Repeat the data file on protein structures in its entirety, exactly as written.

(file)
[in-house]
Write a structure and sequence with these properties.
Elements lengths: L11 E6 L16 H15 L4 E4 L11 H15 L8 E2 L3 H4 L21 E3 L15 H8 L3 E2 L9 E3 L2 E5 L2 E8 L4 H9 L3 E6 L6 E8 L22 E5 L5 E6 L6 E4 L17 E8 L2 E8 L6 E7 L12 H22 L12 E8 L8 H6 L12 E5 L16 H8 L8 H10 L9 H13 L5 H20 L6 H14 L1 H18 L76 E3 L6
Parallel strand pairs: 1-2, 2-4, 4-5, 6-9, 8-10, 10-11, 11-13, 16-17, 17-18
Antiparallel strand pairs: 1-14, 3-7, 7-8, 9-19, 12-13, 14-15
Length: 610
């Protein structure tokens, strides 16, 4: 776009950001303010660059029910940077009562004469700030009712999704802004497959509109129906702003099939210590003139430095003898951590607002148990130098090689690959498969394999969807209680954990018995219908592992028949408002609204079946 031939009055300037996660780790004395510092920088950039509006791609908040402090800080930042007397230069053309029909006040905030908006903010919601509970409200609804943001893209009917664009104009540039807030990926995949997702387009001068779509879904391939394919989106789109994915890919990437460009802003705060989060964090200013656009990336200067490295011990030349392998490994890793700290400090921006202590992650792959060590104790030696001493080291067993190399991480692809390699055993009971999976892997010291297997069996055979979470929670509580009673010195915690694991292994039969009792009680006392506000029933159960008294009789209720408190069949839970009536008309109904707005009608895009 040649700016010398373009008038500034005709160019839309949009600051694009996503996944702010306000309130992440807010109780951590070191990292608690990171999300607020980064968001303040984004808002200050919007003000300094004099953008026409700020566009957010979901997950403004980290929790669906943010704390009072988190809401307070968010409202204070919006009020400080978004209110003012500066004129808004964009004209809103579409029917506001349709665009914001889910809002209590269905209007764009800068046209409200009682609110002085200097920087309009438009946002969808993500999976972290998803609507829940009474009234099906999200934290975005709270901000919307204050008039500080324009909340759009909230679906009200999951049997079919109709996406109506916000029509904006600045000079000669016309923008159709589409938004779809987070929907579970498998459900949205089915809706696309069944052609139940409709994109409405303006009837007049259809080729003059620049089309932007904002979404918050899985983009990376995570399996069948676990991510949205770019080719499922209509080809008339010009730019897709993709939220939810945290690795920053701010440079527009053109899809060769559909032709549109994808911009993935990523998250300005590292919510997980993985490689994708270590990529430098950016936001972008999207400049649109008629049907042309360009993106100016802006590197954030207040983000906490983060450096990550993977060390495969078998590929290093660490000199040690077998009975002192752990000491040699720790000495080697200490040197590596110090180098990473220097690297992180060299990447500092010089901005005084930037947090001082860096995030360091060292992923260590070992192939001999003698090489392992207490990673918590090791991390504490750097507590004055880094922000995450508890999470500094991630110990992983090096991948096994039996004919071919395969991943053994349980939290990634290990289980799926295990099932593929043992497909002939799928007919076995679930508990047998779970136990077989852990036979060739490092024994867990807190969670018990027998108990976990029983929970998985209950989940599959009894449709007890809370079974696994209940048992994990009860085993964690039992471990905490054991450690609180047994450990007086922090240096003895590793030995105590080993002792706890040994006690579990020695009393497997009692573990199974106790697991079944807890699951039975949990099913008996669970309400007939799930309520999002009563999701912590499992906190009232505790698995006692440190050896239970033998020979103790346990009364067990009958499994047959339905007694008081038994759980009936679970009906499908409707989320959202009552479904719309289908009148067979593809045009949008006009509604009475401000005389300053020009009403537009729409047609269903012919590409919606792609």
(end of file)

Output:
[in-house]
Write a structure and sequence with these properties.
Elements lengths: L11 E6 L16 H15 L4 E4 L11 H15 L8 E2 L3 H4 L21 E3 L15 H8 L3 E2 L9 E3 L2 E5 L2 E8 L4 H9 L3 E6 L6 E8 L22 E5 L5 E6 L6 E4 L17 E8 L2 E8 L6 E7 L12 H22 L12 E8 L8 H6 L12 E5 L16 H8 L8 H10 L9 H13 L5 H20 L6 H14 L1 H18 L76 E3 L6
Parallel strand pairs: 1-2, 2-4, 4-5, 6-9, 8-10, 10-11, 11-13, 16-17, 17-18
Antiparallel strand pairs: 1-14, 3-7, 7-8, 9-19, 12-13, 14-15
Length: 610
């Protein structure tokens, strides 16, 4: 776009950001303010660059029910940077009562004469700030009712999704802004497959509109129906702003099939210590003139430095003898951590607002148990130098090689690959498969394999969807209680954990018995219908592992028949408002609204079946 031939009055300037996660780790004395510092920088950039509006791609908040402090800080930042007397230069053309029909006040905030908006903010919601509970409200609804943001893209009917664009104009540039807030990926995949997702387009001068779509879904391939394919989106789109994915890919990437460009802003705060989060964090200013656009990336200067490295011990030349392998490994890793700290400090921006202590992650792959060590104790030696001493080291067993190399991480692809390699055993009971999976892997010291297997069996055979979470929670509580009673010195915690694991292994039969009792009680006392506000029933159960008294009789209720408190069949839970009536008309109904707005009608895009 040649700016010398373009008038500034005709160019839309949009600051694009996503996944702010306000309130992440807010109780951590070191990292608690990171999300607020980064968001303040984004808002200050919007003000300094004099953008026409700020566009957010979901997950403004980290929790669906943010704390009072988190809401307070968010409202204070919006009020400080978004209110003012500066004129808004964009004209809103579409029917506001349709665009914001889910809002209590269905209007764009800068046209409200009682609110002085200097920087309009438009946002969808993500999976972290998803609507829940009474009234099906999200934290975005709270901000919307204050008039500080324009909340759009909230679906009200999951049997079919109709996406109506916000029509904006600045000079000669016309923008159709589409938004779809987070929907579970498998459900949205089915809706696309069944052609139940409709994109409405303006009837007049259809080729003059620049089309932007904002979404918050899985983009990376995570399996069948676990991510949205770019080719499922209509080809008339010009730019897709993709939220939810945290690795920053701010440079527009053109899809060769559909032709549109994808911009993935990523998250300005590292919510997980993985490689994708270590990529430098950016936001972008999207400049649109008629049907042309360009993106100016802006590197954030207040983000906490983060450096990550993977060390495969078998590929290093660490000199040690077998009975002192752990000491040699720790000495080697200490040197590596110090180098990473220097690297992180060299990447500092010089901005005084930037947090001082860096995030360091060292992923260590070992192939001999003698090489392992207490990673918590090791991390504490750097507590004055880094922000995450508890999470500094991630110990992983090096991948096994039996004919071919395969991943053994349980939290990634290990289980799926295990099932593929043992497909002939799928007919076995679930508990047998779970136990077989852990036979060739490092024994867990807190969670018990027998108990976990029983929970998985209950989940599959009894449709007890809370079974696994209940048992994990009860085993964690039992471990905490054991450690609180047994450990007086922090240096003895590793030995105590080993002792706890040994006690579990020695009393497997009692573990199974106790697991079944807890699951039975949990099913008996669970309400007939799930309520999002009563999701912590499992906190009232505790698995006692440190050896239970033998020979103790346990009364067990009958499994047959339905007694008081038994759980009936679970009906499908409707989320959202009552479904719309289908009148067979593809045009949008006009509604009475401000005389300053020009009403537009729409047609269903012919590409919606792609």